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Discussion Starter · #1 ·
Hi shacksters,

I've been using REW for some years now, with great results.

In the past I've been using 5 KEF 2005 satellite's(eggs) and a BK monolith subwoofer. When I look at this combination now, I realize this is pretty straight forward EQ. I had the crossover at 80 Hz for all speakers. And I EQ'd the sub from about 15 to 80 Hz. Job done.

In my recent search for more bass and stereo soundstage, I bought me a couple of KEF floorstanders, the Q11. Which are great, but I get the feeling that these are going to be harder to integrate because I use a different crossover for the mains now(40 Hz). The KEF Q11's are rated at 35 Hz. And taking a measurement confirmed this. I could also select full band for my mains, but I feel this would not get me optimal results.

So my system now consists of: Q11(left and right mains)
Eggs(center, and left/right rears)
Bk Monolith(Subwoofer.
Onkyo ts-xr 607 amp.
BFD 1124

Should I take a different approach when I get to work with this combination?, Maybe first EQ the bottom end for the eggs, and at a later time start integrating the Q11's?, and see what happens in the bass department when 2 (almost) full range channels are introduced?.

Any advice would be well appreciated.

Dimitri
The netherlands
 

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Generally you still run your mains at 80Hz some will drop that down to 60Hz but with most receivers including the 607 you can have a different crossover point assigned to your surrounds than your mains. You dont really want to send to much low information to your mains because that will put a strain on the receivers amp.
 

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Isn't it a bit of a shame to not use the Q11's bass performance?.
Not if you can do better. Remember, positioning the main speakers for optimum imaging will almost always put them in disadvantageous positions for best bass. That's one of the advantages of a subwoofer: You set is up for best bass because that is all it must do.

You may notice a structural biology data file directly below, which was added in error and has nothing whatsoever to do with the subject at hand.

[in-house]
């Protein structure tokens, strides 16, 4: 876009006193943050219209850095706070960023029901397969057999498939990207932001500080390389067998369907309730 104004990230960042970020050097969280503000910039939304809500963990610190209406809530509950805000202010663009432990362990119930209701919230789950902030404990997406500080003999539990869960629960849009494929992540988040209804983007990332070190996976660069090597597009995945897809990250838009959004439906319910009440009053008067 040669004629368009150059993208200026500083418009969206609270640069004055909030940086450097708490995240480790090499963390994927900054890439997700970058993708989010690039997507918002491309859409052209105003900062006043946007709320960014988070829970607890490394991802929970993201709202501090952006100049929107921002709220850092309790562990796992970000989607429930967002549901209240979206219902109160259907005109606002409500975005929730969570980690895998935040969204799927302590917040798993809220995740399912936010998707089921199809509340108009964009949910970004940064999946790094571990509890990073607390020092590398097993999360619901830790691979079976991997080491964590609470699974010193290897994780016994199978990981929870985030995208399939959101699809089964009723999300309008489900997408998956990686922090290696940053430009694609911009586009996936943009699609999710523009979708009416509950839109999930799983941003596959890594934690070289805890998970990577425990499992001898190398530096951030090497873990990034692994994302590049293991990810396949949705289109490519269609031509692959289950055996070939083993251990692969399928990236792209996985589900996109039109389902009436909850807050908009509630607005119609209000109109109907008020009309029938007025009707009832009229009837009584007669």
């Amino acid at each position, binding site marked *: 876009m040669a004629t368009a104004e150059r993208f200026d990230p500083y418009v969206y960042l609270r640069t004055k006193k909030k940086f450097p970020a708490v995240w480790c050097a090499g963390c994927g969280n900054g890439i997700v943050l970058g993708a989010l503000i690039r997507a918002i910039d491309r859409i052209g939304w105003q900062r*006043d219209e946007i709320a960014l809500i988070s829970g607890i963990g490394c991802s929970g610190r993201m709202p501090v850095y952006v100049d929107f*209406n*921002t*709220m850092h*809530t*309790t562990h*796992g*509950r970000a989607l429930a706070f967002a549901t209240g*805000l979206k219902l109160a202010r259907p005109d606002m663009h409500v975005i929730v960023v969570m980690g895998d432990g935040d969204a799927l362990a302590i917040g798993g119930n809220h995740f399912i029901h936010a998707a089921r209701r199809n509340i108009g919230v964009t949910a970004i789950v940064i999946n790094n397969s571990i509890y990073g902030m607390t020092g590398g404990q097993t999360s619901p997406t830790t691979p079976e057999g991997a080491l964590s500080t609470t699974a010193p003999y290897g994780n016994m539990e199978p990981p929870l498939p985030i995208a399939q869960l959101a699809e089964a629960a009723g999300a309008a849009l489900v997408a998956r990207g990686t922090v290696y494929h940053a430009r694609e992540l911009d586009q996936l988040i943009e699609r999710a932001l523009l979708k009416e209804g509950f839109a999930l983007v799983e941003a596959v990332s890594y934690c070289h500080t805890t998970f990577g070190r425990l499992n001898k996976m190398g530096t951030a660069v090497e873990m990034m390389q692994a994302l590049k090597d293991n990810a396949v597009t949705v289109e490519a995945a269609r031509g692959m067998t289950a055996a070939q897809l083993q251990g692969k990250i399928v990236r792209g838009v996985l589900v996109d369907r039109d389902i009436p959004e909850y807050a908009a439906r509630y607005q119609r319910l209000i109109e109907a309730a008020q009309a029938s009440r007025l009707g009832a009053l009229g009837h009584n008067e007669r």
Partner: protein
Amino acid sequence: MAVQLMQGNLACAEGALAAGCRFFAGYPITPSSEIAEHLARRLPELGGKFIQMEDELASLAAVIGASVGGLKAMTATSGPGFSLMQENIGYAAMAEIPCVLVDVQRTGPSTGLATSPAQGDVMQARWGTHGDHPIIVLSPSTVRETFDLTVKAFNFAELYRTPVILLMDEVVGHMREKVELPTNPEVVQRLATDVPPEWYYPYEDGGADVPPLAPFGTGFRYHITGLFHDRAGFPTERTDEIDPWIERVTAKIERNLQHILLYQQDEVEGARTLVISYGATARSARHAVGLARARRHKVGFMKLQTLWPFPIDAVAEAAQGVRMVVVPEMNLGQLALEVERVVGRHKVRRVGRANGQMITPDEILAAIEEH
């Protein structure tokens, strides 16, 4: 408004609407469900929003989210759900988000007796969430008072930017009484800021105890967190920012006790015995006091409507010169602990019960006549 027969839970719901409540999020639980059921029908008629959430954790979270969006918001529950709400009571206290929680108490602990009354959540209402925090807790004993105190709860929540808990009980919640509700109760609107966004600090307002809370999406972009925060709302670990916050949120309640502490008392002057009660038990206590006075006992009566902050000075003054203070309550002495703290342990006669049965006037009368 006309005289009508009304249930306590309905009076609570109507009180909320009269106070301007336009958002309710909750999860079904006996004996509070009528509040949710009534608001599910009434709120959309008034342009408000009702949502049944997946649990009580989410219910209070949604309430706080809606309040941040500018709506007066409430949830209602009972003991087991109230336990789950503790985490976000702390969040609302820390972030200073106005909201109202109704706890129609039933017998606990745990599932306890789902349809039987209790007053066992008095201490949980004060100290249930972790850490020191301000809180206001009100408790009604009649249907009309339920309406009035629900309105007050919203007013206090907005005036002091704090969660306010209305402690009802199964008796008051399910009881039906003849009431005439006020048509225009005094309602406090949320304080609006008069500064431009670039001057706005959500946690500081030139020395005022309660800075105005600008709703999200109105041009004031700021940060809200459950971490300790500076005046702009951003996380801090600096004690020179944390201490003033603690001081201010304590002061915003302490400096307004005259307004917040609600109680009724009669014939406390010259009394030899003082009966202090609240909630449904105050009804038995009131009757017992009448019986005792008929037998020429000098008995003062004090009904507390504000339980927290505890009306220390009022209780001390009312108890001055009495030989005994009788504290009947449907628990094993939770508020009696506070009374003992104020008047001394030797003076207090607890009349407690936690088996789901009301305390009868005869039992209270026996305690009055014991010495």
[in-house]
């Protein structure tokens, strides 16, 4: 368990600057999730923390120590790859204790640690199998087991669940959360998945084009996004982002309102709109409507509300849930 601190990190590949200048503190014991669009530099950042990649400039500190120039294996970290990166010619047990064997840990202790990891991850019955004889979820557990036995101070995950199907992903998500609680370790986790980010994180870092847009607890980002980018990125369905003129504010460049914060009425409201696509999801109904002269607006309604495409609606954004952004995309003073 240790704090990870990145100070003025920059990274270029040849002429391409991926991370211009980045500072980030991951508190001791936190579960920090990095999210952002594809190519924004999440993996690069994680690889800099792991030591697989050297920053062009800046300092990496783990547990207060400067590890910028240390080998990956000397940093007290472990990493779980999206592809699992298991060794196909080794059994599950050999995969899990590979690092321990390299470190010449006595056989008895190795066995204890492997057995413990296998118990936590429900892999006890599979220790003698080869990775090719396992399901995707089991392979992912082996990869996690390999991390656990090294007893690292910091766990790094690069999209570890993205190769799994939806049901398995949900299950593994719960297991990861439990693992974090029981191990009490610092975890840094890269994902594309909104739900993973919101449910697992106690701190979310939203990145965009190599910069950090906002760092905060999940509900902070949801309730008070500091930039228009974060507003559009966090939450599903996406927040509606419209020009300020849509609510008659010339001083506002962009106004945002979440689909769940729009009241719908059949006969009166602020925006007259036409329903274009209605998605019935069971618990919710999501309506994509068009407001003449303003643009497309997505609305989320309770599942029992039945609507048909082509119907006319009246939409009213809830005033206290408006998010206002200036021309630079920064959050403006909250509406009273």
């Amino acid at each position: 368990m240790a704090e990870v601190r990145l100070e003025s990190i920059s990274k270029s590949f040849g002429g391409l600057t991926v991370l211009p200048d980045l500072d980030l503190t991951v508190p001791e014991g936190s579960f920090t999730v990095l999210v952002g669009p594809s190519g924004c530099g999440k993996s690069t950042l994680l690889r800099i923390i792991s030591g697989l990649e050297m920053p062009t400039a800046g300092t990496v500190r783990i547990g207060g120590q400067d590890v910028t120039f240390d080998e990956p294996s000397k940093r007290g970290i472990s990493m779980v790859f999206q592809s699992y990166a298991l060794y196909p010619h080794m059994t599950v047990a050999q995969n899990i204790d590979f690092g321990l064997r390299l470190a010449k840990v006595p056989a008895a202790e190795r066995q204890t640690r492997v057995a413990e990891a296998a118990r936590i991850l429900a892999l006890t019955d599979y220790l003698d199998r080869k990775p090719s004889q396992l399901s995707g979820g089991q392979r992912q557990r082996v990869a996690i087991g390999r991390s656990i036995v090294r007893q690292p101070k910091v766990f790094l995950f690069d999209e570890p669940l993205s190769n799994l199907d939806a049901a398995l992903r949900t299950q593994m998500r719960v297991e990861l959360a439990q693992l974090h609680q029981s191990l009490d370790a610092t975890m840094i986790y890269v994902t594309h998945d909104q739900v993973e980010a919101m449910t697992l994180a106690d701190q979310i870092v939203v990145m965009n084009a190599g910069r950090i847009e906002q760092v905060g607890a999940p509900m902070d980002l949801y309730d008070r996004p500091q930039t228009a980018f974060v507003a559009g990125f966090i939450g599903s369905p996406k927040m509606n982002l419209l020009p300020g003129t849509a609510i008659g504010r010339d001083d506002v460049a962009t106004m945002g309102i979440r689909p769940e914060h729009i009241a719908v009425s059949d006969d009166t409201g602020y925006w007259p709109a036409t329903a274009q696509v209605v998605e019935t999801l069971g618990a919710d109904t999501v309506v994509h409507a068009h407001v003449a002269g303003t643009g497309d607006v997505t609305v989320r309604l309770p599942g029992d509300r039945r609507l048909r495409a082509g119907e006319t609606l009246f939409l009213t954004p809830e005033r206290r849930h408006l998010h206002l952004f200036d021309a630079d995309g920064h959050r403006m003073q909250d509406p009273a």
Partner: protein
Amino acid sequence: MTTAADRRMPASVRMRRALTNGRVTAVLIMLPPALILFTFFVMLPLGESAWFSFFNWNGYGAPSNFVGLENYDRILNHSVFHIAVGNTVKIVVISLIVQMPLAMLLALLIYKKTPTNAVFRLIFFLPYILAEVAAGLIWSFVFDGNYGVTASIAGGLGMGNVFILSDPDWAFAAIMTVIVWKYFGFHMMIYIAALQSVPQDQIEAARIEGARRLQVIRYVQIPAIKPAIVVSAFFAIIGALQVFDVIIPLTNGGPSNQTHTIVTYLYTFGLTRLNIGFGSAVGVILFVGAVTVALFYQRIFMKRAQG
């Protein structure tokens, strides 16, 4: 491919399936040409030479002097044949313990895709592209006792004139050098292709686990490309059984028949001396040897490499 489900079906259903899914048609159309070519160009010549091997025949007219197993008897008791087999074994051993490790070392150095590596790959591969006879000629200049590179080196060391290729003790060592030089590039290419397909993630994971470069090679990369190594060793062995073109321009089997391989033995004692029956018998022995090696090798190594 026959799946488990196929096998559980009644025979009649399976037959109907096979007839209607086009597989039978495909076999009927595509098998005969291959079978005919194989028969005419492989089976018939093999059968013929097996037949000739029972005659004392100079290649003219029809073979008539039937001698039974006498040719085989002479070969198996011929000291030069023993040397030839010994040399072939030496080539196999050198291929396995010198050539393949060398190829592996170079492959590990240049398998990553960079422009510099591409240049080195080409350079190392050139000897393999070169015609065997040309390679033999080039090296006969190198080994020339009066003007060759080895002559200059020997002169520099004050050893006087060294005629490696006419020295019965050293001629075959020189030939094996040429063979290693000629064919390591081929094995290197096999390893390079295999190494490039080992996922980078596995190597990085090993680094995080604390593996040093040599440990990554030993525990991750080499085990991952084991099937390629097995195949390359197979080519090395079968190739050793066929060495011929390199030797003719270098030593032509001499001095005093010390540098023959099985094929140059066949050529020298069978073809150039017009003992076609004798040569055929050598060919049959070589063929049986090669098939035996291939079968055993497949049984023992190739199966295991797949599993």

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Agreed^^
The sub will almost always do a better job handling the lows due to its design. Even the best tower speakers rarely go lower than 20Hz and movies go much lower than that.
 

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I usually run my towers crossed over at 80 hz as well for HT. When I am listening to music, I listen in "stereo direct," which turns off the receiver's internal crossover, and I often leave the sub off since there's rarely any musical content down below my towers' f3. I too struggled with the concept of buying towers with good low frequency response when it's really not needed for HT. I tried all the different combinations (all crossover frequencies at 40, 60, and 80 hz; towers full range, 40, and 60 hz with sub set at 80 hz, etc) and arrived at the conclusion that an 80 hz crossover for everything is the way to go in HT. I couldn't really notice (by ear, I'm just starting with REW) the towers' additional low frequency impact when they were crossed over lower than the sub, so I am currently running 80 hz all the way around to make it easier on my receiver.

But, since this generally is the case, I too honestly don't understand what benefits a big tower speaker has over smaller bookshelves in a home theater environment (besides presumably better efficiency). I am glad I have my towers for music, but for home theater I am not convinced they are worth the cost. As the OP states, it seems like a shame to "throw away" the towers' LF output.

I would also like some opinions on this point from other more experienced forum members.
 

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Discussion Starter · #7 ·
Thanks,

I'll trie the 80 Hz approach first then.

Trie to EQ the sub as much as possible, and see what happens when I lower the X-over for my mains. See if it introduces any problems. At this moment I like the sound better with a somewhat lower X-over for the mains(50-60 Hz).

I'll give all ways a trie and let you guys know what my findings are.

:T
 

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Discussion Starter · #8 · (Edited)
Hi,

It's been a week of trial and error...mostly the latter.

I guess I need EQ for my mains. I took some measurements of my mains response.

It shows about the same behaviour as my sub did before the BFD. Big surprise:hissyfit: